I meditated briefly on that and became distracted by the total god-awfulness of the example problem I’d found for the students to work on their skills in exploring uncertainty. This thing came out of what is in the main a very good book, but on occasion, it falls flat on its face. And I realized, in Brixton, this was one of those moments. It presented a situation where a hospital administrator needed to make an investment decision. So far, so good – should we get a CT scanner, or an MRI? Should we have a state-of-the-art surgical suite, or expand the neonatal intensive care? These are sensible. The one in the book problem was not: this administrator was having to decide between buying a bunch of heart monitors (ok) or a hotel (?!?!?!). Yes. Heart monitor vs. hotel. I just don’t know in what world this makes any sense at all. It’s ludicrous.
Right around then I got the 1979 Punk Disco Blast from the Past and woke up, thinking how in the heck did I get from the horse to the hospital administrator? Then it hit me. Like a moron, I’ve been dwelling on the fact that this horse is older and [impossibly long list of things] could go wrong with him. But – as I was about to teach thirty other people – it’s not relevant if it won’t change based on the decision. My decision is not “do I buy a horse” but “do I buy this horse”. And any horse is going to have [impossibly long list of things] that could go wrong, and I was assuming, thanks to some kind of weird Age Bias I didn’t know I had, that age had anything to do with this. The internet is absolutely bursting with people who have young unrideable horses, and for every one of those, there is also someone with a geriatric horse that jumps.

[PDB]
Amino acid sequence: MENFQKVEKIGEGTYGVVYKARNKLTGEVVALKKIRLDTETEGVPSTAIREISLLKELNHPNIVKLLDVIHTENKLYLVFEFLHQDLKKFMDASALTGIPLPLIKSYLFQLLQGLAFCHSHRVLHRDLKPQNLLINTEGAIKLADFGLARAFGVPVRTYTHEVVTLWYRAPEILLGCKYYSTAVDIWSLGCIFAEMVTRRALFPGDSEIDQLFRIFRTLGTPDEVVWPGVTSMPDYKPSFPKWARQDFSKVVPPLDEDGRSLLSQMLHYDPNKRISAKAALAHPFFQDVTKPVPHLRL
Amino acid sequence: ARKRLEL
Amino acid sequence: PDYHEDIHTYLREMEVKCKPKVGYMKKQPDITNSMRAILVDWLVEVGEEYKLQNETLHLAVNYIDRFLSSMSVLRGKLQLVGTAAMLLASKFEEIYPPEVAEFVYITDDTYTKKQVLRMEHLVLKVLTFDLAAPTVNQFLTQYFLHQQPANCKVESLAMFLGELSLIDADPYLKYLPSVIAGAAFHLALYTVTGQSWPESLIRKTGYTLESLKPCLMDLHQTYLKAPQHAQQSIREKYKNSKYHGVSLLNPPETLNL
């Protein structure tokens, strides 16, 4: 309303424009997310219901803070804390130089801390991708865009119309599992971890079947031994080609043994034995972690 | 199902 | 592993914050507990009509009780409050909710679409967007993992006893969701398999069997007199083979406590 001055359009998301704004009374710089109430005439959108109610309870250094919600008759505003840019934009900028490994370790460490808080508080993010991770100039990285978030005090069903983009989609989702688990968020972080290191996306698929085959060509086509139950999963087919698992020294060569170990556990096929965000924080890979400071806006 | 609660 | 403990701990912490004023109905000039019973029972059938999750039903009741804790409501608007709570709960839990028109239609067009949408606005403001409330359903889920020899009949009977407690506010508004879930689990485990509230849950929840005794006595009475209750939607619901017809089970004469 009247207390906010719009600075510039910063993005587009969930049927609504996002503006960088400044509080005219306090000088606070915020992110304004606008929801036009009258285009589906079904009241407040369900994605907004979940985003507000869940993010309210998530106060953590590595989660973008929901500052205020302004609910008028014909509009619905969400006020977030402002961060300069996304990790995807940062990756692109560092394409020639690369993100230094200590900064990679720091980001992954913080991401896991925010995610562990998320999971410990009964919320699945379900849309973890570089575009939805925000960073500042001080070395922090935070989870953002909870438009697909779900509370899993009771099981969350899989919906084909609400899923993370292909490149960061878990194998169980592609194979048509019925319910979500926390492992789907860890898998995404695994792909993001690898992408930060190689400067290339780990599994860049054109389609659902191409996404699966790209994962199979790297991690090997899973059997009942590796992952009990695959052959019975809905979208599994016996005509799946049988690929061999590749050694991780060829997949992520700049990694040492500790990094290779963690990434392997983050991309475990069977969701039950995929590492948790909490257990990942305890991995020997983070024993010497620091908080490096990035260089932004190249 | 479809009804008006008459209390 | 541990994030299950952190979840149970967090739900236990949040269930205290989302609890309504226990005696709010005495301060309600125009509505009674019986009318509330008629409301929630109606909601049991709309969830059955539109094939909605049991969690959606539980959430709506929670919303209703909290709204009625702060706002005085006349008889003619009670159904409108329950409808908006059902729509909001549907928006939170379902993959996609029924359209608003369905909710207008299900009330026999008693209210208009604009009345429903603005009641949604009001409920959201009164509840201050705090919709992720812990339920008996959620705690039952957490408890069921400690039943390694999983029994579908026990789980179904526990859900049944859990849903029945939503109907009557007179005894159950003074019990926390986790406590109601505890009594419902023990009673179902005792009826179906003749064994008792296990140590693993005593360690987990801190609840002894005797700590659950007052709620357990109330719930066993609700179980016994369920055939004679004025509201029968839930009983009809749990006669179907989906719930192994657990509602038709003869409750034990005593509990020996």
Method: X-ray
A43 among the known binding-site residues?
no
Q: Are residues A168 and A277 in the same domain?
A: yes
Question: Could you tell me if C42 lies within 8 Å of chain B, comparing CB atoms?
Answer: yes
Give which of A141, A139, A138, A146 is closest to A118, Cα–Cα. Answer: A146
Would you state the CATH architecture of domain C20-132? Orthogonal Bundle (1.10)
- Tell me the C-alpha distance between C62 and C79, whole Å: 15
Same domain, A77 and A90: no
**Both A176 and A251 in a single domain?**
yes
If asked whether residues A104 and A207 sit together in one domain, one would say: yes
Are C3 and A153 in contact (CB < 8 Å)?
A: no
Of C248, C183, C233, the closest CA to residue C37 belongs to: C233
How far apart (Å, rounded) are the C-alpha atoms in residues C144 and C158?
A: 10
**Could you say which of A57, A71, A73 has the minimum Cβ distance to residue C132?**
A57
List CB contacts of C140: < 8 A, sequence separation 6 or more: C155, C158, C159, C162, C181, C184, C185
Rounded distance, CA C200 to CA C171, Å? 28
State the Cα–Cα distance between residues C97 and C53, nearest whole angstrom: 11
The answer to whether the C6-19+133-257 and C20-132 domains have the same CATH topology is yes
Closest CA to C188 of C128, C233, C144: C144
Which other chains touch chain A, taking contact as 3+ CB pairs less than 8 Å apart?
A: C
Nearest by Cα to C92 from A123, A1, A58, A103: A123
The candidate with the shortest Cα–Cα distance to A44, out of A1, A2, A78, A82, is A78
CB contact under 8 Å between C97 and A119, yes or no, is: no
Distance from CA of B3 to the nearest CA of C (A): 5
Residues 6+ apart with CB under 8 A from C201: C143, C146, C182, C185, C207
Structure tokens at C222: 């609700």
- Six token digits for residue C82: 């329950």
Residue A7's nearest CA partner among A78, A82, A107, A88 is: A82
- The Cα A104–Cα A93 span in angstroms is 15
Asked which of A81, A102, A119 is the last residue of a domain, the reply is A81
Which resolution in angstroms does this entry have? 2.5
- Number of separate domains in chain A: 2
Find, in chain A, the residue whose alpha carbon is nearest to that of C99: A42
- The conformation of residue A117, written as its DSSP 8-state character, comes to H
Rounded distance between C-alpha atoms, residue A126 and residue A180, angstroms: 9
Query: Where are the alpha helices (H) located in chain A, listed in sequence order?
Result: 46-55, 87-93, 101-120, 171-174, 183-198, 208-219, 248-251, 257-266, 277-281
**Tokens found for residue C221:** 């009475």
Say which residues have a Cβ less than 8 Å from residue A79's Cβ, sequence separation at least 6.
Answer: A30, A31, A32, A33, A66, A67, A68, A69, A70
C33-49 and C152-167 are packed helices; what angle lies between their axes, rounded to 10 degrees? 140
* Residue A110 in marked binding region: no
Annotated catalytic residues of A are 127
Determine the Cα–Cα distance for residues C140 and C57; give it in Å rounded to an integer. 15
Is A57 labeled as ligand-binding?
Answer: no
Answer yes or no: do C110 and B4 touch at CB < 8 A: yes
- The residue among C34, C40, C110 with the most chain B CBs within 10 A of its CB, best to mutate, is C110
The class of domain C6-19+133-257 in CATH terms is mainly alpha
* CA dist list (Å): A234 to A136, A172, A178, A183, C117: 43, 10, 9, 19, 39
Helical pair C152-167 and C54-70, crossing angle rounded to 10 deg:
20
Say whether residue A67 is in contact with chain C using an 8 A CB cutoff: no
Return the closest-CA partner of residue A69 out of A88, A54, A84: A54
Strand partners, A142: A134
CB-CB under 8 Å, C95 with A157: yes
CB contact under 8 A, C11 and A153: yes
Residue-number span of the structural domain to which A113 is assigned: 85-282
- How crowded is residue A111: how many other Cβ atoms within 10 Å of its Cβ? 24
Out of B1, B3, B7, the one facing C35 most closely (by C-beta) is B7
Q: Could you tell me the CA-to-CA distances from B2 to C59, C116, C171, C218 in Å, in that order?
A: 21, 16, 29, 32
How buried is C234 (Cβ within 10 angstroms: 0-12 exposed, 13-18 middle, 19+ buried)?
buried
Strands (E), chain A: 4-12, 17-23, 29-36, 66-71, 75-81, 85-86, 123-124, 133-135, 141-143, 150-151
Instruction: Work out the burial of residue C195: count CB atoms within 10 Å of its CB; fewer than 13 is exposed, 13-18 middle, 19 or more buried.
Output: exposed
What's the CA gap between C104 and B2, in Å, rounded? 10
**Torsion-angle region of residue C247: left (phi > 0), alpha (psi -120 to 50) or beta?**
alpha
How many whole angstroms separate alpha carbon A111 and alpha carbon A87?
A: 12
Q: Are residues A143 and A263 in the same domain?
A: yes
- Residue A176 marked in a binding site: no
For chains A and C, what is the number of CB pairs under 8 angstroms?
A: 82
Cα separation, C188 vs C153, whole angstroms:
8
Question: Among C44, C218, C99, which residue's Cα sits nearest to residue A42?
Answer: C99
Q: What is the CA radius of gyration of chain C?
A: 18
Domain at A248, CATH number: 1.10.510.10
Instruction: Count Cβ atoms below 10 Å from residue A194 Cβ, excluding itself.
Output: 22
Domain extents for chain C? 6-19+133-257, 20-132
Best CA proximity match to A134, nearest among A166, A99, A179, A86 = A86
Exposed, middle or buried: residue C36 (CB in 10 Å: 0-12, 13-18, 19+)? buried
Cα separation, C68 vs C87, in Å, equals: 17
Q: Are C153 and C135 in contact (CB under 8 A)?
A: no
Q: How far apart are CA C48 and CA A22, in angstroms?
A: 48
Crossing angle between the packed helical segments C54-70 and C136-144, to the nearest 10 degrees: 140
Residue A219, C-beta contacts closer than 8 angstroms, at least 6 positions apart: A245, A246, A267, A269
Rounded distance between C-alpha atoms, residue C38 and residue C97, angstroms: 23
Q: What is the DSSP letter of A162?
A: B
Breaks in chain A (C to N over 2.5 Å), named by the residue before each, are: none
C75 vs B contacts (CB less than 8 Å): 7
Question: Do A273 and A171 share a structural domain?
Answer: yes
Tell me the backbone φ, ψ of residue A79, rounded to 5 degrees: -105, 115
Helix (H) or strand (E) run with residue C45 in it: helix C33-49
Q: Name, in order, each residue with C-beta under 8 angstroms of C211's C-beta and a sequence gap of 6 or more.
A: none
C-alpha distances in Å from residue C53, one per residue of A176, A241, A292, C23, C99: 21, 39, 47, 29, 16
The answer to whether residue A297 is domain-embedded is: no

Wow, I felt like a total moron. Partly because of using irrelevant information and biases, which I teach people every year not to do, and partly because I zoned out behind the wheel of a moving car. Proof that the learning process never stops, for teachers either, and also proof that distracted driving doesn’t just come from cell phones and texting.
Here is a weirdly delicious use for all of those radish tops you have lying around the house from your CSA box this week. It has a surprisingly delicate flavor and makes a very good first course. It’s probably not enough for a whole meal.
Radish Top Soup
6 Tb butter
1 cup chopped onions or leeks
8 cups loosely packed radish leaves
2 cups diced peeled potatoes
6 cups liquid (water, chicken stock)
1/2 cup cream (optional)
Freshly ground pepper
Melt 4 tablespoons butter in a large saucepan, add onions or leeks, and cook until golden, approximately 5 minutes. Stir in radish tops, cover pan, and cook over low heat until wilted, 8-10 minutes.
Meanwhile, cook potatoes until soft in liquid along with 1 teaspoon salt. Combine with radish tops and broth, and cook, covered, for 5 minutes to mingle flavors. Puree finely in a food processor. Add cream if desired. Season to taste with butter, salt and pepper.
And sort of a nice Ta-Ta to Summer for you: